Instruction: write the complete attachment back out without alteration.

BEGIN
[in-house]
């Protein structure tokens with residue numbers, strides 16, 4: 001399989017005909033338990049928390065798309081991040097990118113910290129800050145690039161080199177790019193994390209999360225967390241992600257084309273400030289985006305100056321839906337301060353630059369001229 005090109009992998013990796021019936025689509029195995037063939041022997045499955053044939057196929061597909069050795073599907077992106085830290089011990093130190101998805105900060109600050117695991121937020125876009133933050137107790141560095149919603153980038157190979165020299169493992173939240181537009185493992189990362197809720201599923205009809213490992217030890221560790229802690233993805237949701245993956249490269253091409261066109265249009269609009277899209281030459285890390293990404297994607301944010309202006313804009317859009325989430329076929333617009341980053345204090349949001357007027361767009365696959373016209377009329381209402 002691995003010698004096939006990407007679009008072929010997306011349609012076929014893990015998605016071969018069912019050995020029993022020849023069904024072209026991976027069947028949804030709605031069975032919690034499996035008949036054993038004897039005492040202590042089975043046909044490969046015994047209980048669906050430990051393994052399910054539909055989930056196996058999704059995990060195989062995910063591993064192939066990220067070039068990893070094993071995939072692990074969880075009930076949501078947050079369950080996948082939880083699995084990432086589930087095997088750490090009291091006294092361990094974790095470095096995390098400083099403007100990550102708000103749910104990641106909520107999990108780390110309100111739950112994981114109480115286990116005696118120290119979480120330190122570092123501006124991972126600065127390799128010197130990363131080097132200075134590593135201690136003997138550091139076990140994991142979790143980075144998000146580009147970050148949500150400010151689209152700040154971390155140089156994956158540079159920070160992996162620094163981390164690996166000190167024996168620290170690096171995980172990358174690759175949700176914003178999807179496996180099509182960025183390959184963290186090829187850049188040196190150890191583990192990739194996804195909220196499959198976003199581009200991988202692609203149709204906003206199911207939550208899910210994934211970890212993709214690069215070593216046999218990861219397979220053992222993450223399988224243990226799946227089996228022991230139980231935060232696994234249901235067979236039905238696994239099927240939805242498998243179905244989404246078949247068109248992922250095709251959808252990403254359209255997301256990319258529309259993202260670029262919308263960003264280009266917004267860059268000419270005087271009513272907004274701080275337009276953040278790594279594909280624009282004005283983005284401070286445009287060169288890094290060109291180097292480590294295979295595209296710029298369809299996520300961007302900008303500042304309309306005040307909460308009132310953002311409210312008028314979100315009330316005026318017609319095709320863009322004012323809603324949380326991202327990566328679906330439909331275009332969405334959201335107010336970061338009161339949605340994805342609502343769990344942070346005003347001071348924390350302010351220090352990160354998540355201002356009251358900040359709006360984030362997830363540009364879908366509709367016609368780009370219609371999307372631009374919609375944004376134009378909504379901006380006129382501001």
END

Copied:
[in-house]
């Protein structure tokens with residue numbers, strides 16, 4: 001399989017005909033338990049928390065798309081991040097990118113910290129800050145690039161080199177790019193994390209999360225967390241992600257084309273400030289985006305100056321839906337301060353630059369001229 005090109009992998013990796021019936025689509029195995037063939041022997045499955053044939057196929061597909069050795073599907077992106085830290089011990093130190101998805105900060109600050117695991121937020125876009133933050137107790141560095149919603153980038157190979165020299169493992173939240181537009185493992189990362197809720201599923205009809213490992217030890221560790229802690233993805237949701245993956249490269253091409261066109265249009269609009277899209281030459285890390293990404297994607301944010309202006313804009317859009325989430329076929333617009341980053345204090349949001357007027361767009365696959373016209377009329381209402 002691995003010698004096939006990407007679009008072929010997306011349609012076929014893990015998605016071969018069912019050995020029993022020849023069904024072209026991976027069947028949804030709605031069975032919690034499996035008949036054993038004897039005492040202590042089975043046909044490969046015994047209980048669906050430990051393994052399910054539909055989930056196996058999704059995990060195989062995910063591993064192939066990220067070039068990893070094993071995939072692990074969880075009930076949501078947050079369950080996948082939880083699995084990432086589930087095997088750490090009291091006294092361990094974790095470095096995390098400083099403007100990550102708000103749910104990641106909520107999990108780390110309100111739950112994981114109480115286990116005696118120290119979480120330190122570092123501006124991972126600065127390799128010197130990363131080097132200075134590593135201690136003997138550091139076990140994991142979790143980075144998000146580009147970050148949500150400010151689209152700040154971390155140089156994956158540079159920070160992996162620094163981390164690996166000190167024996168620290170690096171995980172990358174690759175949700176914003178999807179496996180099509182960025183390959184963290186090829187850049188040196190150890191583990192990739194996804195909220196499959198976003199581009200991988202692609203149709204906003206199911207939550208899910210994934211970890212993709214690069215070593216046999218990861219397979220053992222993450223399988224243990226799946227089996228022991230139980231935060232696994234249901235067979236039905238696994239099927240939805242498998243179905244989404246078949247068109248992922250095709251959808252990403254359209255997301256990319258529309259993202260670029262919308263960003264280009266917004267860059268000419270005087271009513272907004274701080275337009276953040278790594279594909280624009282004005283983005284401070286445009287060169288890094290060109291180097292480590294295979295595209296710029298369809299996520300961007302900008303500042304309309306005040307909460308009132310953002311409210312008028314979100315009330316005026318017609319095709320863009322004012323809603324949380326991202327990566328679906330439909331275009332969405334959201335107010336970061338009161339949605340994805342609502343769990344942070346005003347001071348924390350302010351220090352990160354998540355201002356009251358900040359709006360984030362997830363540009364879908366509709367016609368780009370219609371999307372631009374919609375944004376134009378909504379901006380006129382501001």